Sime Darby leased a billboard owned by Macgraphics for a term of four years.
Subsequently, Sime Darby executed a Memorandum of Agreement (MOA) with Goodyear, whereby it agreed to sell its tire manufacturing plants and other assets to the latter and thereafter executed a “Deed of Assignment” (the deed) through which Sime Darby assigned, among others, its leasehold rights and deposits made to Macgraphics pursuant to its lease contract over the said billboard.
Goodyear stated that it intended to honor the P120,000.00 monthly rental rate given by Macgraphics to Sime Darby.
Macgraphics said that it could not give its consent to the assignment of lease to Goodyear.
Macgraphics advised Goodyear that any advertising service it intended to get from them would have to wait until after the expiration or valid pre-termination of the lease then existing with Sime Darby.
Due to Macgraphics’ refusal to honor the deed, Goodyear, demanded partial rescission of the deed and the refund of P1,239,000.00, the pro-rata value of Sime Darby’s leasehold rights over the billboard.
As Sime Darby refused to accede to Goodyear’s demand for partial rescission, the latter commenced a case with the RTC.
The RTC rendered its decision declaring the Deed of Assignment of Receivables partially rescinded and directed defendant Sime Darby to pay Goodyear the amount of P1,239,000.00 with legal interest thereon.
Whether partial rescission of the Deed of Assignment is proper
The Court finds no merit in the petitions.
Article 1649 of the New Civil Code provides:
Art. 1649. The lessee cannot assign the lease without the consent of the lessor, unless there is a stipulation to the contrary. (n)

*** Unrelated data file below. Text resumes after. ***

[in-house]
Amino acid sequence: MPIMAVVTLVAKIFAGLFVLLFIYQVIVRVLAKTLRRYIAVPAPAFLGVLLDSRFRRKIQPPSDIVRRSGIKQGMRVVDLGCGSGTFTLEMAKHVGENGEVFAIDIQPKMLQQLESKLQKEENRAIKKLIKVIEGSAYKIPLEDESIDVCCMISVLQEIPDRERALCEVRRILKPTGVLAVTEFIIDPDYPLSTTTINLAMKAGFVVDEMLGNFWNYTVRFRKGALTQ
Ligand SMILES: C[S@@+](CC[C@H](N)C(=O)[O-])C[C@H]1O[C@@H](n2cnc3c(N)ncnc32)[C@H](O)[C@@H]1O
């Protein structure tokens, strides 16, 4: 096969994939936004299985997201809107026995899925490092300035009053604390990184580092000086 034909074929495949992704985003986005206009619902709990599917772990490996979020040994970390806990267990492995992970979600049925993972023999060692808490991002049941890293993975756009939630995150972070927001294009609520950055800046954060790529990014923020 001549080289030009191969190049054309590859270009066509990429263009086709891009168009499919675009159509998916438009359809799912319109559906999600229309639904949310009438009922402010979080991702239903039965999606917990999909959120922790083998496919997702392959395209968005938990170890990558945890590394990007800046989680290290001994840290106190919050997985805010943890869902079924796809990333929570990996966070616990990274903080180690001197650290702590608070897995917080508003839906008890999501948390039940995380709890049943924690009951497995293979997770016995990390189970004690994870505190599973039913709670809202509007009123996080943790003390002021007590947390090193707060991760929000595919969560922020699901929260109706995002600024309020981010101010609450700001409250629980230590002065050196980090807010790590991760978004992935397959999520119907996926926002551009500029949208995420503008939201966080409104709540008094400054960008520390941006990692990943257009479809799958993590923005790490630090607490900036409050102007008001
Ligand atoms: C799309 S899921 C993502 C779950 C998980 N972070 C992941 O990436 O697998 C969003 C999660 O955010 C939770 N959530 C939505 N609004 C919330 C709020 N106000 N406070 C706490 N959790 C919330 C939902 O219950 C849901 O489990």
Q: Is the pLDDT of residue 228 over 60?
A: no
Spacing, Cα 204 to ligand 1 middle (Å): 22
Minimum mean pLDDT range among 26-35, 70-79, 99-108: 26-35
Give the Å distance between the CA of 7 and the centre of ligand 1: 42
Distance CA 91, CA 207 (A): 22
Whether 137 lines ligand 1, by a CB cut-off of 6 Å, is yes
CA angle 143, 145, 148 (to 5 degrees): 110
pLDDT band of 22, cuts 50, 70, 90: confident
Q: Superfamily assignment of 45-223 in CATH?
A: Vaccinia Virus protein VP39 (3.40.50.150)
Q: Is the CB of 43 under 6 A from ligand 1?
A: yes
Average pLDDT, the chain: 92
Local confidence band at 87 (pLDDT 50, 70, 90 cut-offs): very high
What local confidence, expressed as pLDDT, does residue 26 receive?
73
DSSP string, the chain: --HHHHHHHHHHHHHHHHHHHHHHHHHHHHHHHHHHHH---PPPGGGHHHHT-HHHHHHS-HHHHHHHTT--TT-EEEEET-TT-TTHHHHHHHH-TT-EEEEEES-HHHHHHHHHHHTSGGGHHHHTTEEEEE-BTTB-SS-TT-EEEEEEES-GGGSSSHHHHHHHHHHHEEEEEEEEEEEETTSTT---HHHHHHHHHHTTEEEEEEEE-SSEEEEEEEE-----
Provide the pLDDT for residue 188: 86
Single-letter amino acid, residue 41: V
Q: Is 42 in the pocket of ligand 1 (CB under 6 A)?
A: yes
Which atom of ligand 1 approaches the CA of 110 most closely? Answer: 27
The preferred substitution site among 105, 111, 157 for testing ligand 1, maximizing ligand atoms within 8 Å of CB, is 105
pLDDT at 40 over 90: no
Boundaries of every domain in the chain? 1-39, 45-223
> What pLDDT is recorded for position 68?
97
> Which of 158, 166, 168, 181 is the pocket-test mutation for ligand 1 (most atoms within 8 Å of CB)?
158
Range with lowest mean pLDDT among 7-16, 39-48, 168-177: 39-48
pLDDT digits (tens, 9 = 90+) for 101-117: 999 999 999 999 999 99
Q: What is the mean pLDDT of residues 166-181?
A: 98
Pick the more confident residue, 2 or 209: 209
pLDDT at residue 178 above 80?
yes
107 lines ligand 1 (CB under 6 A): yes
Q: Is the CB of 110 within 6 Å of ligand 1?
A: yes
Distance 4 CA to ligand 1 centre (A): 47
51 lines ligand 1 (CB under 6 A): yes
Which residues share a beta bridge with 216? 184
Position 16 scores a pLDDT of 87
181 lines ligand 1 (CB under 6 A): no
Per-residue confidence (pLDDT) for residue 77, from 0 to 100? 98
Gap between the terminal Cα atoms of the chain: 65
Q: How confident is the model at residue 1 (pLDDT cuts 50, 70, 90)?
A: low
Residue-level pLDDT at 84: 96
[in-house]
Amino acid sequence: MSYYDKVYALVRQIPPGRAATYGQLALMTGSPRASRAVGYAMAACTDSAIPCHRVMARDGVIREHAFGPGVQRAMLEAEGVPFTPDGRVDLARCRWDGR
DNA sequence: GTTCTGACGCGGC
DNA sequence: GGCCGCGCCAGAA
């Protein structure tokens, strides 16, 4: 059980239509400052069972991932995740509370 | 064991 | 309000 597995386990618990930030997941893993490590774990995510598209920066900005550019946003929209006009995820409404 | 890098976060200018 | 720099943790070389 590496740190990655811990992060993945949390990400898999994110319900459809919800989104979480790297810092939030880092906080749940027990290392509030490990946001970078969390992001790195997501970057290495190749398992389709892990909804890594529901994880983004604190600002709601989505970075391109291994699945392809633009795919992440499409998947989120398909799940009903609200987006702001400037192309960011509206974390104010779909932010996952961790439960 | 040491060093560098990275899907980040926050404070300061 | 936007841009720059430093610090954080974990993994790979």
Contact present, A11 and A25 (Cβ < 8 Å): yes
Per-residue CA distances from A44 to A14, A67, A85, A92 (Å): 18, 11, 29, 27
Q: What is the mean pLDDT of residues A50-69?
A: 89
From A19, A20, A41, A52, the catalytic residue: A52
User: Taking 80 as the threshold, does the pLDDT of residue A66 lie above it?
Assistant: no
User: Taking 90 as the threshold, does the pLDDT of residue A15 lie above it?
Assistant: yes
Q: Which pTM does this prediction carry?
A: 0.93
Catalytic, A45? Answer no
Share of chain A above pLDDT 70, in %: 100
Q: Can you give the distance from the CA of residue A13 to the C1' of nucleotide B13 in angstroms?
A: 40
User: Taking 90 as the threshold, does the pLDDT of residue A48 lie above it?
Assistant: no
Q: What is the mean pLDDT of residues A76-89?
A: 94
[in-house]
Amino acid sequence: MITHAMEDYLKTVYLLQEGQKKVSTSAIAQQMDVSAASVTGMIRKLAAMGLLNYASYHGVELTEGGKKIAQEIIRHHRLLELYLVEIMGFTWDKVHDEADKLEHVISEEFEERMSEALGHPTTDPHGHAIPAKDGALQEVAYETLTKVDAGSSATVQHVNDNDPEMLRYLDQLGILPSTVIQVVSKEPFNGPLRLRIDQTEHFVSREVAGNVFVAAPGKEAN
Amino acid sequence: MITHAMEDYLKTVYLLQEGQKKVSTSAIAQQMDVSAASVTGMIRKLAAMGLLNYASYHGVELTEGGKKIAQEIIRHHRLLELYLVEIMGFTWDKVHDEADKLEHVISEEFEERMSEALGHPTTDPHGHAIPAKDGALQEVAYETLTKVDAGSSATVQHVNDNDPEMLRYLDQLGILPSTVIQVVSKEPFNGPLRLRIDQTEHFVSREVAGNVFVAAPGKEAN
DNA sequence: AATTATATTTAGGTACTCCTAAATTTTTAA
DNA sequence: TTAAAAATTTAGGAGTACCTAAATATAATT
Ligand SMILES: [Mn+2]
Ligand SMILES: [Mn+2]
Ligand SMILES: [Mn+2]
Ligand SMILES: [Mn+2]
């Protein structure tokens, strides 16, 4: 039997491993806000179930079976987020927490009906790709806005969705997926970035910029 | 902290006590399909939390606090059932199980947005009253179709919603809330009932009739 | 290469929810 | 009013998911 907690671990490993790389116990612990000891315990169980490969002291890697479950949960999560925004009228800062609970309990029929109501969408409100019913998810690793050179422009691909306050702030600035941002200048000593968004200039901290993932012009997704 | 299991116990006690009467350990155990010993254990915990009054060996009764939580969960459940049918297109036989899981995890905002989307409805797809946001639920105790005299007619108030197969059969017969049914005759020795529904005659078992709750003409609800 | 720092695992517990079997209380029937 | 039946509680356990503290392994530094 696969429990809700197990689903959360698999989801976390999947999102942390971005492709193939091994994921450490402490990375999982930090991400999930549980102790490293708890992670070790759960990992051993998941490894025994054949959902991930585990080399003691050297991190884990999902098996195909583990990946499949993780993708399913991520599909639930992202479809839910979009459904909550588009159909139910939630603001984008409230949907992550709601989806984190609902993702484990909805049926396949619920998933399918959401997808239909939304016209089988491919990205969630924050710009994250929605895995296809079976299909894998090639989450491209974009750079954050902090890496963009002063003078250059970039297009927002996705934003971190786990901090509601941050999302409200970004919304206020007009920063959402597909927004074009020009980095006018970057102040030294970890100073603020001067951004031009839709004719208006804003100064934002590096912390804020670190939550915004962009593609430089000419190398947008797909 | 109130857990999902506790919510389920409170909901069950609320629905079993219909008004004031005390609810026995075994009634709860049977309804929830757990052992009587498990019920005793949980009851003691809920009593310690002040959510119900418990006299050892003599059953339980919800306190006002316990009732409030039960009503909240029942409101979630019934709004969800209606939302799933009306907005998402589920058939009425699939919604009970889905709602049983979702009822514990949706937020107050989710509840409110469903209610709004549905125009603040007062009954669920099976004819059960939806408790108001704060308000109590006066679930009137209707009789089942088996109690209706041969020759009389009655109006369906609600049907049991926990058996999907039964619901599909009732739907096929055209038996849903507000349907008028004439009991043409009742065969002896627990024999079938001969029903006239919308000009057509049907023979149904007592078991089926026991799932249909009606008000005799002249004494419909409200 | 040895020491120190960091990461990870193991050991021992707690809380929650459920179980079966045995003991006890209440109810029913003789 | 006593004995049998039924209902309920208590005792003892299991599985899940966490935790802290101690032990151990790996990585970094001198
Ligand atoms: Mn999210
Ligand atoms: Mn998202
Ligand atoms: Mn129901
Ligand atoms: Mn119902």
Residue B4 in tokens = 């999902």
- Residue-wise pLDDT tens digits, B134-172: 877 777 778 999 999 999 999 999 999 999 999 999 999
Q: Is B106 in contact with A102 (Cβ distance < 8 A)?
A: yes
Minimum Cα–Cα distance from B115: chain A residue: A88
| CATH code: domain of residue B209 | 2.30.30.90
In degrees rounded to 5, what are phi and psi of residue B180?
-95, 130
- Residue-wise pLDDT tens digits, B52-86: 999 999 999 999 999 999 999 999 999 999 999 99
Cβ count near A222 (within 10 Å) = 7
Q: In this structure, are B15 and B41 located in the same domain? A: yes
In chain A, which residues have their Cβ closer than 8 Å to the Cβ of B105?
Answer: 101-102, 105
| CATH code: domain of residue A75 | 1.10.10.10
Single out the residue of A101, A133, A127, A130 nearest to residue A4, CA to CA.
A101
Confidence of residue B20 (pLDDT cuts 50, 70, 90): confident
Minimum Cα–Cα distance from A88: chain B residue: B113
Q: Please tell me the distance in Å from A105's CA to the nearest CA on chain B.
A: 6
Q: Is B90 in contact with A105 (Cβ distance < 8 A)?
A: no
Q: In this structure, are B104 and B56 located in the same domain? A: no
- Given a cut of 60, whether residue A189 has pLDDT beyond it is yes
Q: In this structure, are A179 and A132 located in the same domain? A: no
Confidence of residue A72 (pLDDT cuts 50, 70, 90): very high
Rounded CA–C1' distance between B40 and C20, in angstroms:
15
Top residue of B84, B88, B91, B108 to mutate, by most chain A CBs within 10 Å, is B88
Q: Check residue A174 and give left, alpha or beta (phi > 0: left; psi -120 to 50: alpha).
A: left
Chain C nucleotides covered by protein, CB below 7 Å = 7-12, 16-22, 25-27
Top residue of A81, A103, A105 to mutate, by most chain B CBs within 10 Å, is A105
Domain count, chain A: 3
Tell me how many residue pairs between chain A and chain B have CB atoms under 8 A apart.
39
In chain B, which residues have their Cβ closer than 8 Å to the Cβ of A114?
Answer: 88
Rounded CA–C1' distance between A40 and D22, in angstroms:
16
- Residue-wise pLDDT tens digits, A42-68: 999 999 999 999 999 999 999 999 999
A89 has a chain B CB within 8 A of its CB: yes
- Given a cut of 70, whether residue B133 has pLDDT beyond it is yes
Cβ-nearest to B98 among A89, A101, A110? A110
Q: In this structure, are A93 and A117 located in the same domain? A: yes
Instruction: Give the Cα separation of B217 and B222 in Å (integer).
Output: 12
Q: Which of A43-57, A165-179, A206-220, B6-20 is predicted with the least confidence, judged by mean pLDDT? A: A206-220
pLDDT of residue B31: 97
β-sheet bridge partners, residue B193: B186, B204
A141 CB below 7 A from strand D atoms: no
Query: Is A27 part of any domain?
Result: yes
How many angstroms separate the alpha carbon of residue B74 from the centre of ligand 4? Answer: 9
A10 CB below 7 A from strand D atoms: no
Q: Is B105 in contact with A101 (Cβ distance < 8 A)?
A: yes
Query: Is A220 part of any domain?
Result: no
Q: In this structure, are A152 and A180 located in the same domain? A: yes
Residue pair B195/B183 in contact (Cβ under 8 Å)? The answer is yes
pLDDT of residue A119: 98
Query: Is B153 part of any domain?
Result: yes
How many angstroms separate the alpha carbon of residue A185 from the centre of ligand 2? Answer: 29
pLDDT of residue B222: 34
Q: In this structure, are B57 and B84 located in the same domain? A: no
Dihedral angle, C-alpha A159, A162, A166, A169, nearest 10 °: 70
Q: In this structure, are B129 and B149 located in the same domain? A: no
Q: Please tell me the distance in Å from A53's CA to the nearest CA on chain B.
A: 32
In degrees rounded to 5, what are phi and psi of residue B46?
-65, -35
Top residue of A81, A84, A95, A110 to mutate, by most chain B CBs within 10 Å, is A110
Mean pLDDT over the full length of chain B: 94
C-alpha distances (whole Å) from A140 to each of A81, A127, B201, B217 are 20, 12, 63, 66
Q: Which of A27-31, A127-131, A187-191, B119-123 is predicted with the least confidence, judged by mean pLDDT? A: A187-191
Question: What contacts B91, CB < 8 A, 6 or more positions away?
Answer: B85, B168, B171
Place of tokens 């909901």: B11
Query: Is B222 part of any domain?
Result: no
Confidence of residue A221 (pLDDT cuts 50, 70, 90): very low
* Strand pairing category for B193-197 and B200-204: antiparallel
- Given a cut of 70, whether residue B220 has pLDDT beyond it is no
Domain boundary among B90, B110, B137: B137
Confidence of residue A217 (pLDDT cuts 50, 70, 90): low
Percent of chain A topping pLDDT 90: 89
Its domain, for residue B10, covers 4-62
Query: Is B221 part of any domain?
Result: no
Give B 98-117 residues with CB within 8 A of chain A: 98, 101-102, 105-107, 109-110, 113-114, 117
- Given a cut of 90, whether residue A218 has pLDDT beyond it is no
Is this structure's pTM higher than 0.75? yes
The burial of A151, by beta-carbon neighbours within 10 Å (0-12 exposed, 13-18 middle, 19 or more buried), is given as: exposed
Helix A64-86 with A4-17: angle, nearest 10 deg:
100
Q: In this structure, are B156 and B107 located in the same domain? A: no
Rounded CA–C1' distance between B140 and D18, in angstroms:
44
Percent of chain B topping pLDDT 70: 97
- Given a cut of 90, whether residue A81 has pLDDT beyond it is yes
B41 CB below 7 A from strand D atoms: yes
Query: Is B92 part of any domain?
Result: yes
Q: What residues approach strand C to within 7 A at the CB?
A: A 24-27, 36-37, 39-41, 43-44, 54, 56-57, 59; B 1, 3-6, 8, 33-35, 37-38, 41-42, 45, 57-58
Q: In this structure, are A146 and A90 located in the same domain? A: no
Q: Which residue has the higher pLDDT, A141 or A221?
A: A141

In an assignment of a lease, there is a novation by the substitution of the person of one of the parties – the lessee. The personality of the lessee, who dissociates from the lease, disappears. Thereafter, a new juridical relation arises between the two persons who remain – the lessor and the assignee who is converted into the new lessee. The objective of the law in prohibiting the assignment of the lease without the lessor’s consent is to protect the owner or lessor of the leased property.
Broadly, a novation may either be extinctive or modificatory. It is extinctive when an old obligation is terminated by the creation of a new obligation that takes the place of the former; it is merely modificatory when the old obligation subsists to the extent it remains compatible with the amendatory agreement. An extinctive novation results either by changing the object or principal conditions (objective or real), or by substituting the person of the debtor or subrogating a third person in the rights of the creditor (subjective or personal). Under this mode, novation would have dual functions—one to extinguish an existing obligation, the other to substitute a new one in its place. This requires a conflux of four essential requisites: (1) a previous valid obligation; (2) an agreement of all parties concerned to a new contract; (3) the extinguishment of the old obligation; and (4) the birth of a valid new obligation.
While there is no dispute that the first requisite is present, the Court, after careful consideration of the facts and the evidence on record, finds that the other requirements of a valid novation are lacking. A review of the lease contract between Sime Darby and Macgraphics discloses no stipulation that Sime Darby could assign the lease without the consent of Macgraphics.
Moreover, contrary to the assertions of Sime Darby, the records are bereft of any evidence that clearly shows that Macgraphics consented to the assignment of the lease..
The consent of the lessor to an assignment of lease may indeed be given expressly or impliedly. It need not be given simultaneously with that of the lessee and of the assignee. Neither is it required to be in any specific or particular form. It must, however, be clearly given. In this case, it cannot be said that Macgraphics gave its implied consent to the assignment of lease. As aptly explained by the CA in its decision: